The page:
MARCH 2009

Navigating Scams in a Down Economy

Cyber scammers are currently taking advantage of the recession in an attempt to get past your defenses. Below are five schemes you should be on the lookout for. Keep in mind, these techniques may not only show up as spammed messages in your inbox, but also on the websites you visit, like blogs and social networking sites.

  1. Misleading online job ads and offers
    Bogus employment ads and propositions abound on the Web. With rising unemployment rates, you can expect these types of scams to grow. An IDG News Service article recently reported a 345 percent increase in fake job ads over the past three years, according to data from the U.K.'s Association for Payment Clearing Services.1 When it comes to online employment offerings, the adage, "If it looks too good to be true, it probably is," certainly applies. It seems common sense to be cautious about get-rich quick type schemes, yet with the increasing sophistication of today's scams, it's not always easy to tell when you're being fooled.

    In the beginning of February, the Internet Crime Complaint Center (IC3) issued an alert due to numerous consumer complaints referencing work-from-home scams. Also referred to as "money mule scams", victims are hired to transfer money or goods, causing them to unwittingly take part in criminal activity. Those who fall for these types of scams, according to the IC3, often become victims of identity theft after handing over private information to the scammers. You should be leery of any unsolicited messages from job recruiters, and never send personal information in response to such a request without first verifying the authenticity of the sender.

  2. Ploys targeting banks, financial institutions, and money lenders
    The increased desire to save and earn money makes unwary computer users easier targets for today's cyber thieves. Fake financial transaction services, investment opportunities, and mortgage-service providers are likely to abound in the coming months as scammers use social engineering to manipulate users into performing certain actions or disclosing confidential data.

    In mid February, PC World reported that ANZ's Australian Internet banking service was hit with a scam that attempted to get online banking customers to give up personal information; disguising a counterfeit form as a security authentication, scammers lured customers to enter usernames, passwords, and ID numbers before allowing access to their accounts.2

    Keep in mind that your bank, and other legitimate companies, will not request that you provide sensitive data, like your account number, through e-mail. Any unsolicited requests for personal information should always raise a red flag.

  3. Scams taking advantage of breaking news
    Malware writers are renowned for playing off of public interest in the latest breaking news to trick computer users. In light of that, you most likely know that it's always best to get your news from a reliable source. Still, cyber scammers are successfully enticing users to click links in spammed messages by exploiting news of the current financial climate.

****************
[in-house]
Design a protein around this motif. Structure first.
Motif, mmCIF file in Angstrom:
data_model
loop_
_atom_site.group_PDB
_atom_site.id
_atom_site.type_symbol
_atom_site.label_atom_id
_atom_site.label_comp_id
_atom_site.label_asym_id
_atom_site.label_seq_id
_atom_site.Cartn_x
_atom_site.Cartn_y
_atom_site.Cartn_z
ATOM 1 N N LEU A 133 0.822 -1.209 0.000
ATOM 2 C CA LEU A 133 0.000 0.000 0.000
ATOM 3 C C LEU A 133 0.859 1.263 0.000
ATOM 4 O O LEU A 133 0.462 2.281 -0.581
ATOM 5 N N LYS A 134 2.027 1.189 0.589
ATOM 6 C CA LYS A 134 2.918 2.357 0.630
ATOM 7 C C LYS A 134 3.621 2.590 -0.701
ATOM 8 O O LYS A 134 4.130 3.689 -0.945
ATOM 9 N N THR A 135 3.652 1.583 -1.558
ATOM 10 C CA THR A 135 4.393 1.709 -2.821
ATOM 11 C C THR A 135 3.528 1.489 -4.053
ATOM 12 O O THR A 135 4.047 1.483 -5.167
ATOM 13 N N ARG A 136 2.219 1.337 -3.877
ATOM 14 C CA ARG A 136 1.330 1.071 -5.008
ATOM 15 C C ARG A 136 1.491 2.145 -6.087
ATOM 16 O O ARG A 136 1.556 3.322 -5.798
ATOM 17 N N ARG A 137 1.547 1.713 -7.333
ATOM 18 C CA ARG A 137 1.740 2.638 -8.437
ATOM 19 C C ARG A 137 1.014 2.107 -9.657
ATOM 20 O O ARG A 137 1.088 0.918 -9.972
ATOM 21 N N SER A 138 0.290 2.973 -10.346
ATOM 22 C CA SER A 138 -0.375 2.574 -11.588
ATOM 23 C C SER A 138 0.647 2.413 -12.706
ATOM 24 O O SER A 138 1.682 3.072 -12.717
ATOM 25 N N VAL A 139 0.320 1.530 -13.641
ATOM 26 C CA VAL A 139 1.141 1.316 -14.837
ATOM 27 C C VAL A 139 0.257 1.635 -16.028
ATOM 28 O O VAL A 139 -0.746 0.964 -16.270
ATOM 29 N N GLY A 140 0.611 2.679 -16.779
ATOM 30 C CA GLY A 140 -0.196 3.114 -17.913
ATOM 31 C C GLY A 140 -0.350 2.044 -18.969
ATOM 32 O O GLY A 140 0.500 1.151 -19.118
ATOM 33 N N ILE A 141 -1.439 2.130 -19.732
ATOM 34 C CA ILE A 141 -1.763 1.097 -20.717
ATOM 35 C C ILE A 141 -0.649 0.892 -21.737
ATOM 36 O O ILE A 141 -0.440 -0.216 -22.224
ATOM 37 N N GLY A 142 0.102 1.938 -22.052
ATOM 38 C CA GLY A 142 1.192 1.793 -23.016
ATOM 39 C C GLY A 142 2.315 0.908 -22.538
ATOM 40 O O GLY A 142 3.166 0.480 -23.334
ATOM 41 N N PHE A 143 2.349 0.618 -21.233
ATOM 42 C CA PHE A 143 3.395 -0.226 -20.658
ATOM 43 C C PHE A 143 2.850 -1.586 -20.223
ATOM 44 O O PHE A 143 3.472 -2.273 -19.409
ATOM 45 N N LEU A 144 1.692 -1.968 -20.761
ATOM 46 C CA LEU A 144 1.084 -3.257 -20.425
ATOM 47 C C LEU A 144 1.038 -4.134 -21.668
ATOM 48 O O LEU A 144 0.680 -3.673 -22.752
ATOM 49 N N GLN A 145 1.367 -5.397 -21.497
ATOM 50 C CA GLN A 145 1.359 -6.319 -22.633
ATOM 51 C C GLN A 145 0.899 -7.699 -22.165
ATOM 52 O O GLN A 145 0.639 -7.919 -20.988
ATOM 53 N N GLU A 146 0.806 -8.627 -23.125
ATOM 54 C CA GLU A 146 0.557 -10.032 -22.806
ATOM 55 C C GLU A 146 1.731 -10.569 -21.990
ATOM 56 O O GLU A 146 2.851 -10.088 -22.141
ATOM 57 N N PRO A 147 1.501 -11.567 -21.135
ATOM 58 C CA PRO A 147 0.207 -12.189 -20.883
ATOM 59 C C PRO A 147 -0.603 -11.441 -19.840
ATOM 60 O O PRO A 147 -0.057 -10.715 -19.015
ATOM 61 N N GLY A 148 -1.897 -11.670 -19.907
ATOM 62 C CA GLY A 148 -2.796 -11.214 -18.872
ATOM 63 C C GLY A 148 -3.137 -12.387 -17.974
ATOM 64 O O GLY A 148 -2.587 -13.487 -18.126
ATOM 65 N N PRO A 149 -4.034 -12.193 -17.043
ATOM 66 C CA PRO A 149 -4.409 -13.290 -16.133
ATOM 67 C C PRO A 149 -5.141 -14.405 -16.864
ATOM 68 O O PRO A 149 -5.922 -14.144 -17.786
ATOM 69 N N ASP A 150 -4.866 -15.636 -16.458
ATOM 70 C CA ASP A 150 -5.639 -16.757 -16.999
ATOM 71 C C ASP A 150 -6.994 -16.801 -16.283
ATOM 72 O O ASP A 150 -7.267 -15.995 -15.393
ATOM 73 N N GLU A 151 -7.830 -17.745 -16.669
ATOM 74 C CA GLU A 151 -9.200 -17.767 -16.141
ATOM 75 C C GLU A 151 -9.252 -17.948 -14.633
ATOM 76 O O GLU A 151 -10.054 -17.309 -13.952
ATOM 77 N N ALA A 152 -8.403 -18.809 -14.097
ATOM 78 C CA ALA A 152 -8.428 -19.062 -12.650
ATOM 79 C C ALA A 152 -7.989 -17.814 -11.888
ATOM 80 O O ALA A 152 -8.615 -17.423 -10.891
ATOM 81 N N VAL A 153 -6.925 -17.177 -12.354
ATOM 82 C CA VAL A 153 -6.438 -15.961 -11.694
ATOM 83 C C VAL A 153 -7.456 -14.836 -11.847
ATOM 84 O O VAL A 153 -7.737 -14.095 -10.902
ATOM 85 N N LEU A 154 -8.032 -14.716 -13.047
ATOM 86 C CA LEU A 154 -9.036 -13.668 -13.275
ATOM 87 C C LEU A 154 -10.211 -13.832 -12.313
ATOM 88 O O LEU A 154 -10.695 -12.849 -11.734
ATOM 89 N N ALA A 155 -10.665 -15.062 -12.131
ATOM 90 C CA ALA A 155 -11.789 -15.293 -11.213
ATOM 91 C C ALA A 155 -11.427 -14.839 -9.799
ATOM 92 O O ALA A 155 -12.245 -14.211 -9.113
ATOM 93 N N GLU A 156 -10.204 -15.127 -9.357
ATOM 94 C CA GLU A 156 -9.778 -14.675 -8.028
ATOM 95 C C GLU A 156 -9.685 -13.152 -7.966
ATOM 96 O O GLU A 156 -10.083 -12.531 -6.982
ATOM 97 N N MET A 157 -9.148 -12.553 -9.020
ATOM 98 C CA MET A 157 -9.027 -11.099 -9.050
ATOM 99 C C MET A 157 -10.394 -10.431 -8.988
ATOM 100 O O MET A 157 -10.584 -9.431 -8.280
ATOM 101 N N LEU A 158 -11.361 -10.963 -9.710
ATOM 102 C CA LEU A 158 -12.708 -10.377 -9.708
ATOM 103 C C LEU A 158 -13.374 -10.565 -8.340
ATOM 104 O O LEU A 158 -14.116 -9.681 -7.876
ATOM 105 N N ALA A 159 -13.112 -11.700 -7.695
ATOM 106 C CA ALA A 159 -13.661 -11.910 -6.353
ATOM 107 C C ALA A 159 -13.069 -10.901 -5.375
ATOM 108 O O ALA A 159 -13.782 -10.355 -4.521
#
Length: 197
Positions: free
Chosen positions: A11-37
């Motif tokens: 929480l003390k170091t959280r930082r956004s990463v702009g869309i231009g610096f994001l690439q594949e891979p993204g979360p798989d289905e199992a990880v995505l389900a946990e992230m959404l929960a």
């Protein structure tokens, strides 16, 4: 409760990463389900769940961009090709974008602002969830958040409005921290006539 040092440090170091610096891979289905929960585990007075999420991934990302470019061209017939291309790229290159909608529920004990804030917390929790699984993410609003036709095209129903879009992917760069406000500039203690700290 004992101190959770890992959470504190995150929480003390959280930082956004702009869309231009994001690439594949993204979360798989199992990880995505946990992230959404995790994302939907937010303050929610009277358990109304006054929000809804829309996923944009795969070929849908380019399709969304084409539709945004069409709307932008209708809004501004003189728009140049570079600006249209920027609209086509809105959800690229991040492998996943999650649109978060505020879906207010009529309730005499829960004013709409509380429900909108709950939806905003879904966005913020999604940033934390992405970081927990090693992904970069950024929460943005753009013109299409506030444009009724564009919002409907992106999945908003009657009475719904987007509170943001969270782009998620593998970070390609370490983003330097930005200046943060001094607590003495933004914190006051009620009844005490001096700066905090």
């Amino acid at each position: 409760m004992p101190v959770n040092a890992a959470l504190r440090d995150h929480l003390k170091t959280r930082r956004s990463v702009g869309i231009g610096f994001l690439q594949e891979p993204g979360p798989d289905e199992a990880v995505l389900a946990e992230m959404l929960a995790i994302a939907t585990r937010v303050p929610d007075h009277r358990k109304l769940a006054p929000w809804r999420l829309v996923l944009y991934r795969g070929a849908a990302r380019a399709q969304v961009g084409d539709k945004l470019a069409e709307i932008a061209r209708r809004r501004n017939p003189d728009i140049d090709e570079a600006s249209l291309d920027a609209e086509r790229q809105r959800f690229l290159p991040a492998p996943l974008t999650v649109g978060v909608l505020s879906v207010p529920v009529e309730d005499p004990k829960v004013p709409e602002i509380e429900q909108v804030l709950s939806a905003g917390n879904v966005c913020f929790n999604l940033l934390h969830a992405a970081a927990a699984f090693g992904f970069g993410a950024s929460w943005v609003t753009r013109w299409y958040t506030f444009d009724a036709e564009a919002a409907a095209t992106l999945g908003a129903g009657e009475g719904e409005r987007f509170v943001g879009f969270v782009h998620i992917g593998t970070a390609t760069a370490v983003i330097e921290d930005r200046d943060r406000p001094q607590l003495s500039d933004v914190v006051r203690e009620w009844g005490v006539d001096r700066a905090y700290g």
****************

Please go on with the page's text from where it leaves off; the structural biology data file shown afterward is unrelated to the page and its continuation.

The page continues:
At the start of February - when passage of a U.S. economic stimulus plan was imminent - scammers launched a spam wave, posing as the U.S. Internal Revenue Service, and claiming that the recipient was entitled to a "stimulus payment." The message urged users to fill out an attached document with their personal details, which, in actuality, was a means of stealing the victims' identity.

  4. Fake online coupons, promo offers, and surveys
    While searching for the very best deals online can be a great way to save a bit of money, it can also put you in a better position to fall for a scam. According to industry experts, e-coupons will likely become an increasingly popular means to lure economical shoppers into unknowingly infecting their systems or divulging sensitive information.

    You'll also need to be on the lookout for fraudulent offers and surveys which propose an incentive at completion. For example, in early December 2008, researchers reported a phishing scheme posing as a McDonald's member satisfaction survey; users were prompted to enter their bank account details, supposedly so their reward money could be deposited.3

  5. Rogue security software and scareware
    Making sure to have up-to-date security software (anti-virus, anti-spyware, and a firwall) running on your PC is imperative to stay safe online. But, it's equally critical that you use reputable security software to ensure that you don't get fooled by rogue programs - applications that appear to be beneficial from a security perspective but provide little or no security, generate erroneous alerts, or attempt to lure you into participating in fraudulent transactions.

    Today's scammers know that users are responding to ever-increasing malware rates by seeking out protection from these threats with security software - and that, in turns, opens up new opportunities to peddle their rogue applications.

    If you know that you have anti-virus, anti-spyware, and a firewall on your PC, you can safely ignore security alerts you receive that do not come from your chosen security software provider. (Rogue security software will often try to lure computer uses by using legitimate looking pop-up messages that appear to be security alerts.) Also, most anti-malware programs, like Ad-Aware, will help keep you protected from rogues because they can find and detect these programs.

And remember - the best way to navigate today's threats without compromising your privacy and security is to use caution when surfing the Web, and to be vigilante about practicing safe online behavior. Keep safe out there!

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1 http://www.infoworld.com/
2 http://pcworld.co.nz/
3 http://www.scmagazineuk.com/

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